Catch a whiff of it?

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Updated on Feb 08, 2012

Grade Level: 8th; Type: Chemistry

To determine how we can capture a scent.

  • What is a perfume?
  • How are perfumes made?
  • What is organic chemistry and how does it differ from inorganic chemistry?
  • What is an ester? What is an aldehyde/
  • What is acetone?
  • What is ethanol?
  • How do they make perfume from coal?

This is a brief introduction into the world of organic chemistry. The student discovers via experimentation that making a perfume involves a three step process such as step one, having a source of the scent. The sources are esters, aldehydes or aromatic compounds that occur naturally in fruits, in flowers, in herbs in spices. Step 2 having a solvent which is used to dissolve all of the fragrance but one that evaporates slowly so that the scent lasts and is given off over a period of time and last, in industry, they add a filler or what they call a stabilizer so that the perfume lasts . Sometimes the solvent also serves as the stabilizer. There are many other solvents that are used such as ethanol. Ethanol works well but it is a poison! Do not drink it!

This science fair experiment also serves to acquaint students with the essential processes of sciencing such as the importance of the use of a control, of identifying dependent and independent variables, of data collection, of pictorial and or graphic presentation of data and of being able to make better judgments as to the validity and reliability of their findings.They take on the role of scientists and in the process they learn to act as one.

  • Labels
  • Pen
  • 4 small jars with lids
  • Whole cloves petals from flowers which have a distinct scent
  • Water
  • Rubbing alcohol
  • Cameras (if you wish to take pictures of the process)

  1. Gather all of the materials you will require for this project which include labels, pen, 4 small jars with lids, 10 whole cloves, and petals from a flower that has a distinct odor, water and rubbing alcohol.
  2. Caution: Rubbing alcohol is a poison. Keep it away from your mouth.
  3. Copy the Data Chart so that you can readily record your observations.
  4. On two labels, write water and on the other two labels, write, rubbing alcohol. Attach the labels to each of the 4 jars.
  5. Reproduce the data chart provided above so that you may readily record your observations.
  6. Place 5 whole cloves in each of two jars.
  7. Fill one jar half full of water
  8. Fill the other jar half full with rubbing alcohol.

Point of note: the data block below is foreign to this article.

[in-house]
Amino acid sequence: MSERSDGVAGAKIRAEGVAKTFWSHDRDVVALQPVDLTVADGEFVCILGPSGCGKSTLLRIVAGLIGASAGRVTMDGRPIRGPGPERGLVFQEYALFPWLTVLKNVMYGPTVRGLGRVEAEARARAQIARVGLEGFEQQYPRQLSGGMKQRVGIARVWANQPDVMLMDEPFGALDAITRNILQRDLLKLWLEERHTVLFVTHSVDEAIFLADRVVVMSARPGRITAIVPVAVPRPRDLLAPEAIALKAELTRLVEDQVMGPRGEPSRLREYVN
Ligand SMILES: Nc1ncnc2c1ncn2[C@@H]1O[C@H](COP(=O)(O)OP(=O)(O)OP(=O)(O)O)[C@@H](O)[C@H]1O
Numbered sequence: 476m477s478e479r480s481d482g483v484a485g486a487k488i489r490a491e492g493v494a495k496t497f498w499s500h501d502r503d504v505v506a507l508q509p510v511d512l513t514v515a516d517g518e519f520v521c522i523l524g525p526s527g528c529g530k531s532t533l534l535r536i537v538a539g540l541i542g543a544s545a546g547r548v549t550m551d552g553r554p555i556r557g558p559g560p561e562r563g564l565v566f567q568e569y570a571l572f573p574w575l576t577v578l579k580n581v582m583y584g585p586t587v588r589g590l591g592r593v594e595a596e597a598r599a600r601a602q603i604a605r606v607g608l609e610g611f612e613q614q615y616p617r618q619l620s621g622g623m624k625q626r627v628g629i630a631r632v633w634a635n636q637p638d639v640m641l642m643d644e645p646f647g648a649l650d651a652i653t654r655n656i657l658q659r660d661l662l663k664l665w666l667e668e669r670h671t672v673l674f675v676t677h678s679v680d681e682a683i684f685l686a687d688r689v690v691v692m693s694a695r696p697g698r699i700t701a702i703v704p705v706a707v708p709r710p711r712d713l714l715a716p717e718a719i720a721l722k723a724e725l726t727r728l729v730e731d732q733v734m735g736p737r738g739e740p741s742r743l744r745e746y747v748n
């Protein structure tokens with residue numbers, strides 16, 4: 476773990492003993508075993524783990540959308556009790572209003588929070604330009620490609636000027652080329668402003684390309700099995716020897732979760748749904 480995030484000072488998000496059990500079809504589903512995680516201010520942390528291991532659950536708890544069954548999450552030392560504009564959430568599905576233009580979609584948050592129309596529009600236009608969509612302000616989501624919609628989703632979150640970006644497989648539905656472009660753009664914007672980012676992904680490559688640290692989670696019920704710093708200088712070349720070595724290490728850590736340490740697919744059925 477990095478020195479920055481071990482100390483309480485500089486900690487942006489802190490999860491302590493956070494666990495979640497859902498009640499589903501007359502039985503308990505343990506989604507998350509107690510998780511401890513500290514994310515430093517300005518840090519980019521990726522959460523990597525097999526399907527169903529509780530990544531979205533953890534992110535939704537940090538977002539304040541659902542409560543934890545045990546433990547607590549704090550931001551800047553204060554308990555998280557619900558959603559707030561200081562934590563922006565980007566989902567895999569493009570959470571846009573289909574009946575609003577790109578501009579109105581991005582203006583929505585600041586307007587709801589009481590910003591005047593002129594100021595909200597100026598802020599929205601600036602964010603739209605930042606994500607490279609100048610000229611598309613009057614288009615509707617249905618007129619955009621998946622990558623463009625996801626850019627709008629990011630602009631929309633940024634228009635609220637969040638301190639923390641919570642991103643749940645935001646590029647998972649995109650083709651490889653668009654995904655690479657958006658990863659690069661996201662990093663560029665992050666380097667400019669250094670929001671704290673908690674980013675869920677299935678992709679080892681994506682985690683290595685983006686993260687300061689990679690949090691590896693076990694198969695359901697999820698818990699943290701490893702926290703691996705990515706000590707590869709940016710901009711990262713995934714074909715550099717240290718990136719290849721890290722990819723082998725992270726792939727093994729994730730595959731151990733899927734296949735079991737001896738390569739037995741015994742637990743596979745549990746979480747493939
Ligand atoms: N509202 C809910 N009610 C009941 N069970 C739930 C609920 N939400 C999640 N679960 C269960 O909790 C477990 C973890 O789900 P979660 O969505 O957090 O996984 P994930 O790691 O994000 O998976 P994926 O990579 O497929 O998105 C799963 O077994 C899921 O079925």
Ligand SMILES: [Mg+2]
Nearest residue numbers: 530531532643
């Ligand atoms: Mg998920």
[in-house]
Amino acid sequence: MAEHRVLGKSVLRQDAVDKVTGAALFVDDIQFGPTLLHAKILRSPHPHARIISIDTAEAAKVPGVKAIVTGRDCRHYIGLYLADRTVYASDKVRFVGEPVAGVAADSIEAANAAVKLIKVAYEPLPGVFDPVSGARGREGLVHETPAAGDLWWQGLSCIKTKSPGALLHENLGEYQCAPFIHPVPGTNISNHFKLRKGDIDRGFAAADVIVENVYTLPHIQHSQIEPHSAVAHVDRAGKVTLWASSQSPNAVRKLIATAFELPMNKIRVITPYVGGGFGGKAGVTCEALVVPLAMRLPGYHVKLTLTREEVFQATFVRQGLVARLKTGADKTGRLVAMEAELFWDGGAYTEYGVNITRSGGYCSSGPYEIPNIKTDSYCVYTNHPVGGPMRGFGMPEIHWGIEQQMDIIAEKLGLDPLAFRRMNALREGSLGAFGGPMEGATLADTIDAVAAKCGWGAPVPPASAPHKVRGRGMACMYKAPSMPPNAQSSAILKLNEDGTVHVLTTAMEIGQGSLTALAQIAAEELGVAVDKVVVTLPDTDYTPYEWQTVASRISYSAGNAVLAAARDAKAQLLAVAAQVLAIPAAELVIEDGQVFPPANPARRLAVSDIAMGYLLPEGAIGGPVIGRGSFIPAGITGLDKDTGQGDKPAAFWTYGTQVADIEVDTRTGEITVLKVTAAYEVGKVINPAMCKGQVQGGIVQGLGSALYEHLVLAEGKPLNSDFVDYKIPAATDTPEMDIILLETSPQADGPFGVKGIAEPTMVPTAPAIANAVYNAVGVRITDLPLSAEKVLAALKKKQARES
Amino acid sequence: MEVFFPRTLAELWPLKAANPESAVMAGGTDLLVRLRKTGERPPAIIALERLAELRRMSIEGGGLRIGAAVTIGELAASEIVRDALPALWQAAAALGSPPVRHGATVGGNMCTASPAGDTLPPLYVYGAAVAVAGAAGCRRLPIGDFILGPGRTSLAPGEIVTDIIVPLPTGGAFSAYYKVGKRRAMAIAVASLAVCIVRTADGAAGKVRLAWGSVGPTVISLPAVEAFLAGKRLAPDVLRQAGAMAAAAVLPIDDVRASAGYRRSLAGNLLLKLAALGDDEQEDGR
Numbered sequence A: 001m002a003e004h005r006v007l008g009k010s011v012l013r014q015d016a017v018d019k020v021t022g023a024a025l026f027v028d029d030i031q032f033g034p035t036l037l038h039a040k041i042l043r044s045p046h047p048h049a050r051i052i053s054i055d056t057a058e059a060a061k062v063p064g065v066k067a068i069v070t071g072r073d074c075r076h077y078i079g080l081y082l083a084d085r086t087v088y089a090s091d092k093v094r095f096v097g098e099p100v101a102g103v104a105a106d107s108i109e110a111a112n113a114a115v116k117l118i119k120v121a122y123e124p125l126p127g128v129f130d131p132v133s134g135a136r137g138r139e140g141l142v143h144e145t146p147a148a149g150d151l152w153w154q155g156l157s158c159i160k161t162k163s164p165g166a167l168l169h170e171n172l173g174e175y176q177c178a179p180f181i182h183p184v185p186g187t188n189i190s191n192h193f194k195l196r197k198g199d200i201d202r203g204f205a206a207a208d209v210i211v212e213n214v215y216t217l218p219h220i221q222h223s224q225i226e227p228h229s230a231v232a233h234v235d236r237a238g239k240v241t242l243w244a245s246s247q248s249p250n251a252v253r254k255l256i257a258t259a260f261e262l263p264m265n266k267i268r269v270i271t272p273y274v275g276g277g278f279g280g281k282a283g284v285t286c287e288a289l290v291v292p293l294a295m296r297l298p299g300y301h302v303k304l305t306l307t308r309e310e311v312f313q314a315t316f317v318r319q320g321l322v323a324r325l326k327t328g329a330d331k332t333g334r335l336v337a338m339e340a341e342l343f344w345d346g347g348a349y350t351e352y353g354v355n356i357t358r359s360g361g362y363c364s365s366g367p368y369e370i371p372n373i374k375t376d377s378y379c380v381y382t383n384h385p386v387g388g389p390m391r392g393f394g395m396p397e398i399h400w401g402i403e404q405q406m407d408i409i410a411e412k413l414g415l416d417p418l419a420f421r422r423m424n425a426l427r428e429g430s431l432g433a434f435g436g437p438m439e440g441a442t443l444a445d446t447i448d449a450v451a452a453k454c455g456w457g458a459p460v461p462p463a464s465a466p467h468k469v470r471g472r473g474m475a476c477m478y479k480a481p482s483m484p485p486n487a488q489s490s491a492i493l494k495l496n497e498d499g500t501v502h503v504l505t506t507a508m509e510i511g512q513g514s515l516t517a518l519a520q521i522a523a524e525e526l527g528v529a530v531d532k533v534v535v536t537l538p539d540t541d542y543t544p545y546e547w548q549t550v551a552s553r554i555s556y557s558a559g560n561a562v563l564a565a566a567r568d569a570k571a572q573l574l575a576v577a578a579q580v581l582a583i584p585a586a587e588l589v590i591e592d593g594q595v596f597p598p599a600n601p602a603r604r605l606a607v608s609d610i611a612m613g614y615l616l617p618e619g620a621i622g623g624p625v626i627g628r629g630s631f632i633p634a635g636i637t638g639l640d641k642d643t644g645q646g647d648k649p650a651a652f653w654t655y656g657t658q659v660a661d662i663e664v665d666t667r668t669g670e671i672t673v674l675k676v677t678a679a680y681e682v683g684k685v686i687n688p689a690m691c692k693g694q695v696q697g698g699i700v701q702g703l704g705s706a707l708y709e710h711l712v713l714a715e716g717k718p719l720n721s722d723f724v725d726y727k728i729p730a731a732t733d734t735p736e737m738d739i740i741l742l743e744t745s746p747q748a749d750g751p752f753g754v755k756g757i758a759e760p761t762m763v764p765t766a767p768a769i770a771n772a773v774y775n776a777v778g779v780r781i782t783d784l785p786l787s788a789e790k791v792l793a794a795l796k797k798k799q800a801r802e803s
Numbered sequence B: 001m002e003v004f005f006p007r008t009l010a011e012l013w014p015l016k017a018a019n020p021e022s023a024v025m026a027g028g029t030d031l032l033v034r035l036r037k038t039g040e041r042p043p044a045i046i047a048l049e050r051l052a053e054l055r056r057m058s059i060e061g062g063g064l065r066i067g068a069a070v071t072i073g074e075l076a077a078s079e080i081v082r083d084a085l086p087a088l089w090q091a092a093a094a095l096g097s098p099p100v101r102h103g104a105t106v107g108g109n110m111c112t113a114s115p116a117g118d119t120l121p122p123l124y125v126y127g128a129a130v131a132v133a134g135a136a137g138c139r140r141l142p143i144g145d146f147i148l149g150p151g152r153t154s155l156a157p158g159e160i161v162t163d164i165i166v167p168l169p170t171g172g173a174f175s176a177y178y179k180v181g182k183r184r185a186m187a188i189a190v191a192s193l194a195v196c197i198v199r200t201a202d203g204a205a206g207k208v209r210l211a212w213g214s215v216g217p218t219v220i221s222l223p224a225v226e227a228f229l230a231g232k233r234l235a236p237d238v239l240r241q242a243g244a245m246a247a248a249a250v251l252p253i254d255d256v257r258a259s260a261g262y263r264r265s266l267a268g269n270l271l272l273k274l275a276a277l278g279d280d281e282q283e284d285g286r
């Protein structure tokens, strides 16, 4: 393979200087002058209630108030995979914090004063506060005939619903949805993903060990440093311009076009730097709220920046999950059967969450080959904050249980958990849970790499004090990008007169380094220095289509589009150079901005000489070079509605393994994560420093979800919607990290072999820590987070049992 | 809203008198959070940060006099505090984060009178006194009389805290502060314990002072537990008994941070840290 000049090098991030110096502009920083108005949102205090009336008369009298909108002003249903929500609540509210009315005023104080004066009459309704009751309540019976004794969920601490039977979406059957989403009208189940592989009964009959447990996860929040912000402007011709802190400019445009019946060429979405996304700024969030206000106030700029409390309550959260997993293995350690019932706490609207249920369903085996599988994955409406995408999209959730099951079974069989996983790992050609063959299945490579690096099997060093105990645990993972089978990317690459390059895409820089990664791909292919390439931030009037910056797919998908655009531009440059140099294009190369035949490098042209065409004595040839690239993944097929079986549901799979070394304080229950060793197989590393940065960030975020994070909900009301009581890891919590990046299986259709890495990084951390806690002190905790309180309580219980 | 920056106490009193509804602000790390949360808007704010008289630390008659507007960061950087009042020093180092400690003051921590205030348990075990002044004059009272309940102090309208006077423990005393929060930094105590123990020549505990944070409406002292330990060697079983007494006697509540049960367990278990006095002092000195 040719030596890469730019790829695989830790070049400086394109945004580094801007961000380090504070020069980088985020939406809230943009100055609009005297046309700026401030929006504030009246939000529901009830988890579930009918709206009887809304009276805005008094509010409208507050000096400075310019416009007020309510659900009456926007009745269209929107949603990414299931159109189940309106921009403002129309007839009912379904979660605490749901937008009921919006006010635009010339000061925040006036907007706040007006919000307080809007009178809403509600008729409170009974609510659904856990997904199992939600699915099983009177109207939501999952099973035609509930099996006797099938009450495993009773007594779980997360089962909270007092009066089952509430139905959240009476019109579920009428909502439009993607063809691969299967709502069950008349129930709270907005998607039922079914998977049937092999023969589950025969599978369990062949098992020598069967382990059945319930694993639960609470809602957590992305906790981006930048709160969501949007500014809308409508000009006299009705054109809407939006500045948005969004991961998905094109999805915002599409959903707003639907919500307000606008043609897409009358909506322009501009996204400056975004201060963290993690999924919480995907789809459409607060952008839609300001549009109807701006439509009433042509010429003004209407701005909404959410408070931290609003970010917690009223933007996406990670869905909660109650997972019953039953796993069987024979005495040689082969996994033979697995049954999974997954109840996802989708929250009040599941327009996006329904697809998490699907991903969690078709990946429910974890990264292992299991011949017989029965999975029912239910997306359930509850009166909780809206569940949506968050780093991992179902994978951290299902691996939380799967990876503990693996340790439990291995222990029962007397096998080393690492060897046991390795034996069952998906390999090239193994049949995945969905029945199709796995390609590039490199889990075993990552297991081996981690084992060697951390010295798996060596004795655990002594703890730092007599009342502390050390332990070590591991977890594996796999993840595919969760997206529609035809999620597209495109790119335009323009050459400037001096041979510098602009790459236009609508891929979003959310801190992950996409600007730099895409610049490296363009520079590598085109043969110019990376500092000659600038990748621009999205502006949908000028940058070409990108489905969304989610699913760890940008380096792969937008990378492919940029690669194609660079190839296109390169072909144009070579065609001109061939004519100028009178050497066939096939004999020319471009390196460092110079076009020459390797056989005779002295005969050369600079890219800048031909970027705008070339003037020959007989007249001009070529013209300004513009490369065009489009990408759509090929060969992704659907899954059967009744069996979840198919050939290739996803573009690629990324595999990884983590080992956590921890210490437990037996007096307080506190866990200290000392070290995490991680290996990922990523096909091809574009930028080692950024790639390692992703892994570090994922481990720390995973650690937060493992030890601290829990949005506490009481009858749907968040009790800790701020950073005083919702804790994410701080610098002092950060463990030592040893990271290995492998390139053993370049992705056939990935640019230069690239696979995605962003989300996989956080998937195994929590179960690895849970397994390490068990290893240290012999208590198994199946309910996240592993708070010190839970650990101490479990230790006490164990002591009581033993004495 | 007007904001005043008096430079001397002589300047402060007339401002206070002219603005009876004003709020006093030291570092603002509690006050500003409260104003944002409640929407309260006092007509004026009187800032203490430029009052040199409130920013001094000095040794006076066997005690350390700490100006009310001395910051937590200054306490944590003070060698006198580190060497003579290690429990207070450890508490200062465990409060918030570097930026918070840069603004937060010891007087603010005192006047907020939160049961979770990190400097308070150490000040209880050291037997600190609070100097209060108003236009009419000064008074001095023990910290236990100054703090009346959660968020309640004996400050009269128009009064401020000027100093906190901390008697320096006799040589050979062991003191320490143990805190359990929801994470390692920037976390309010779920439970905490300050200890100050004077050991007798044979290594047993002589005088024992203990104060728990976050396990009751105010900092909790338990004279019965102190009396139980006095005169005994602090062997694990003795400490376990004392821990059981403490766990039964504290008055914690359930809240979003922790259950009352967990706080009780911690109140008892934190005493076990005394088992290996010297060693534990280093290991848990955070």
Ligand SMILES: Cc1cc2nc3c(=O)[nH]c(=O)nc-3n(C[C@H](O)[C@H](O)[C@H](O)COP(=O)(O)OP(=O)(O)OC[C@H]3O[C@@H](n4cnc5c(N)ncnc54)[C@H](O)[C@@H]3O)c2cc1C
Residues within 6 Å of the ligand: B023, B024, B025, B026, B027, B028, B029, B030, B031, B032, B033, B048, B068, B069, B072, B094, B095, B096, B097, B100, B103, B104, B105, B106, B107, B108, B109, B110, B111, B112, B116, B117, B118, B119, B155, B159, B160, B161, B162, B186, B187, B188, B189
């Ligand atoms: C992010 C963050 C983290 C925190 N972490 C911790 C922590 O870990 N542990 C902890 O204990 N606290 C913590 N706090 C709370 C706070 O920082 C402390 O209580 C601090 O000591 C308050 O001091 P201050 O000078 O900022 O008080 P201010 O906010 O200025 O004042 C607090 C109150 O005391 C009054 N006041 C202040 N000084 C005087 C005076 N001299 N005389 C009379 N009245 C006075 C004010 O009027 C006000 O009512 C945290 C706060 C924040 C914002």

9. Close the jars and screw on the lids tightly.
  10. Take the flower petals; divide them equally into two jars. Fill one half full with water and the other half full with rubbing alcohol. Again, close jars and screw lids on tightly.
  11. Store all the jars at room temperature.
  12. At the end of this first week, put a few drops of the liquid from each of the water jars on your left wrist and the same number of drops of the liquid from the alcohol solutions on your right wrists. Allow the liquids to evaporate and then smell each wrist.
  13. Record your observations.
  14. Replace the lids on both jars and return for storage for a second week.
  15. At the close of the second week, repeat step 11.
  16. Record your observations. Was the scent from each of the jars still as strong? Any differences? How do you account for your results?
  17. Analyze your data. What are your conclusions? Was water equally effective as a solvent as rubbing alcohol? How effective were these solvents with the flower petals?
  18. Write up your research. Make certain to include your bibliography, namely the sources you used to answer the research questions. You may wish to include comments on your reactions to this project as well as what you would do differently if you were to repeat this experiment.

Terms/Concepts: Perfume; Scent; Organic; Chemistry; Ester; Aldehydes; Acetone; Ethanol


  • Bronowski, J. Barry, G., Fisher., Huxley, J. Doubleday Pictorial Library of Science , Doubleday & Company, Garden City, New York, 1980

Dr. Muriel Gerhard (Ed.D.) is a retired educator with fifty seven years of experience in all aspects of public education. She has been a teacher, principal, administrator, college professor, researcher, grants writer, change agent and science editor. She is the author of several books on education used as college texts. These include the best selling Effective Teaching Strategies with the Behavioral Outcomes Approach and The Behavioral Outcomes Handbook for Teachers and Administrators. Presently she is a consultant in science education and curriculum development, a marriage and family therapist, a newspaper columnist and an author. Her latest book, recently published, is a memoir of sixty vignettes entitled âNow That I`m Dead, I Decided to Write this Bookâ.

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